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Systems and policies to reduce secondhand smoke in multiunit housing in Singapore: a qualitative study
  1. Yvette van der Eijk,
  2. Grace Ping Ping Tan,
  3. Odelia Teo
  1. Saw Swee Hock School of Public Health, National University of Singapore, Singapore
  1. Correspondence to Dr Yvette van der Eijk, National University of Singapore, Singapore, Singapore; yvette.eijk{at}


Background Multiunit housing residents are often exposed to neighbours’ secondhand smoke (SHS). Little is known on the current systems available to protect residents in places not covered by a residential smoking ban, or what constitutes an appropriate policy approach. This study explores relevant systems and policies in Singapore, a densely populated city-state where the vast majority live in multiunit housing and discussions on regulating smoking in homes are ongoing.

Methods In-depth interviews with 18 key informants involved in thought leadership, advocacy, policy or handling SHS complaints, and 14 smokers and 16 non-smokers exposed to SHS at home.

Results The current system to address neighbours’ SHS comprises three steps: moral suasion, mediation and legal dispute. Moral suasion and mediation are often ineffective as they depend on smokers to willingly restrict their smoking habits. Legal dispute can yield a court order to stop smoking inside the home, but the process places a high evidence burden on complainants. While setting up designated smoking points or running social responsibility campaigns may help to create no-smoking norms, more intractable cases will likely require regulation, a polarising approach which raises concerns about privacy.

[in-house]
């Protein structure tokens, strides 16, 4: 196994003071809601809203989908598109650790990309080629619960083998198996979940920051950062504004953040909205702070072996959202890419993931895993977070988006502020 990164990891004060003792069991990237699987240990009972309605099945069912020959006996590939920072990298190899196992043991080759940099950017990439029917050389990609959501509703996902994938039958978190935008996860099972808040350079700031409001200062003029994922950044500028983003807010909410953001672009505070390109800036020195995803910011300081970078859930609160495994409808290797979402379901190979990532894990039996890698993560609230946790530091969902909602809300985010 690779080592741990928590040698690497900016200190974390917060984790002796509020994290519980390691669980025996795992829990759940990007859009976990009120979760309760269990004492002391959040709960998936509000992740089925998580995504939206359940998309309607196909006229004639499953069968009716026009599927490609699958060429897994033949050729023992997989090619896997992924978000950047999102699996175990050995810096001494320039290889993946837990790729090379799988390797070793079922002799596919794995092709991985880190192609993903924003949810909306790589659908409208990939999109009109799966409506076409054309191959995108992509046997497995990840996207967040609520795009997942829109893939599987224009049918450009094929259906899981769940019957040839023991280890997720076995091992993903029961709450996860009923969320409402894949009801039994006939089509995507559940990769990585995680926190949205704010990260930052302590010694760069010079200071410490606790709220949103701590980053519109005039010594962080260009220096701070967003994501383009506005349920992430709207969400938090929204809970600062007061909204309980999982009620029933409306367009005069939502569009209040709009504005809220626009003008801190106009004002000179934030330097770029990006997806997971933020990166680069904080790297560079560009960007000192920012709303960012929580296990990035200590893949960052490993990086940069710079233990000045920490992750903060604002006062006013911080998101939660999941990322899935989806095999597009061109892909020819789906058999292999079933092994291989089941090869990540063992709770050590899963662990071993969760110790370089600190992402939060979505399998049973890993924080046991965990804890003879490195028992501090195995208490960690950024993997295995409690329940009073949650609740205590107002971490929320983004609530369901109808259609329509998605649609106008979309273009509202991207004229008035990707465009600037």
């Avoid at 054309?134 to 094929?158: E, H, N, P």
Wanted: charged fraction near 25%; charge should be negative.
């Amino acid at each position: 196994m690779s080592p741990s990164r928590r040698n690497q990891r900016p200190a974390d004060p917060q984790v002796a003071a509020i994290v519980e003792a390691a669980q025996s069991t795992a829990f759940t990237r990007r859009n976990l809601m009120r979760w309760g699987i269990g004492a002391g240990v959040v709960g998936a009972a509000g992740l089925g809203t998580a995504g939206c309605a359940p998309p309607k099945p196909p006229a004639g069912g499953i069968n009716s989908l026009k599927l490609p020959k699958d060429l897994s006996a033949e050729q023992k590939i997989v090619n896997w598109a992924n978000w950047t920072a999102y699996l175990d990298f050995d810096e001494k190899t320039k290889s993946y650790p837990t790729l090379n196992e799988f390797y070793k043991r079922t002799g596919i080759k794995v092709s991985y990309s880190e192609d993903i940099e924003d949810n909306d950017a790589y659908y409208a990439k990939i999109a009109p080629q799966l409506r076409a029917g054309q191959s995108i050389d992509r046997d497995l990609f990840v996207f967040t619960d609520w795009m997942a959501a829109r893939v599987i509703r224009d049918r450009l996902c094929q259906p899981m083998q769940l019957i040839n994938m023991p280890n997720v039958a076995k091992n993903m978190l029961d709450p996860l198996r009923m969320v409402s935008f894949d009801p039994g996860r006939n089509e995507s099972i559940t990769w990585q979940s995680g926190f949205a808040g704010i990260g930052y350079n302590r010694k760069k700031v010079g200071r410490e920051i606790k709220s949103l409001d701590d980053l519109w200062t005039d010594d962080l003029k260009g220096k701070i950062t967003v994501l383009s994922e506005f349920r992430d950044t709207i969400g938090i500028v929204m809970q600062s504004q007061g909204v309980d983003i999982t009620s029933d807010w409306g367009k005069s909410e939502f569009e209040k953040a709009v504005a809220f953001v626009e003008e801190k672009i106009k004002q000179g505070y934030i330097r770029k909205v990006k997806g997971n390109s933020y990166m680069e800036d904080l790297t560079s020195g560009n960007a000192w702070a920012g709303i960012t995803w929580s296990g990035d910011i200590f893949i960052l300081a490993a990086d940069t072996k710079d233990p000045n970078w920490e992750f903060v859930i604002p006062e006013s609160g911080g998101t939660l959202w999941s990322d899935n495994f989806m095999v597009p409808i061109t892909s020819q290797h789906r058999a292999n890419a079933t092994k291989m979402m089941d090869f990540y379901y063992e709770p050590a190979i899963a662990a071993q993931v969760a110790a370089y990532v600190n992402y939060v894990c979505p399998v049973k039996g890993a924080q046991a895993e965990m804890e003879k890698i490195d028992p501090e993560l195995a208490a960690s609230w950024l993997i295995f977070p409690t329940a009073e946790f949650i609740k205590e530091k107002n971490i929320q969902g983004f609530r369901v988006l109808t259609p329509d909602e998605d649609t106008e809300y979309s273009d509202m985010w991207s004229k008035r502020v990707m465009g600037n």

Conclusions Without regulations to limit SHS in multiunit housing, current systems are limited in their enforceability as they treat SHS as a neighbourly nuisance rather than a public health threat.

  • environment
  • litigation
  • prevention
  • public policy
  • secondhand smoke

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  • Contributors YvdE: study conceptualisation, study design, data analysis, writing. GPPT: data collection, data analysis, writing. OT: data collection, data analysis. All authors reviewed and approved the final draft before submission. YvdE is the guarantor.

  • Funding This work was supported by a Tier 1 Academic Research Fund from the Singapore Ministry of Education (grant number R-608-000-302-114) and a start-up fund from the National University of Singapore (grant number R-608-000-303-133).

  • Competing interests None declared.

  • Provenance and peer review Not commissioned; externally peer reviewed.

  • Supplemental material This content has been supplied by the author(s). It has not been vetted by BMJ Publishing Group Limited (BMJ) and may not have been peer-reviewed. Any opinions or recommendations discussed are solely those of the author(s) and are not endorsed by BMJ. BMJ disclaims all liability and responsibility arising from any reliance placed on the content. Where the content includes any translated material, BMJ does not warrant the accuracy and reliability of the translations (including but not limited to local regulations, clinical guidelines, terminology, drug names and drug dosages), and is not responsible for any error and/or omissions arising from translation and adaptation or otherwise.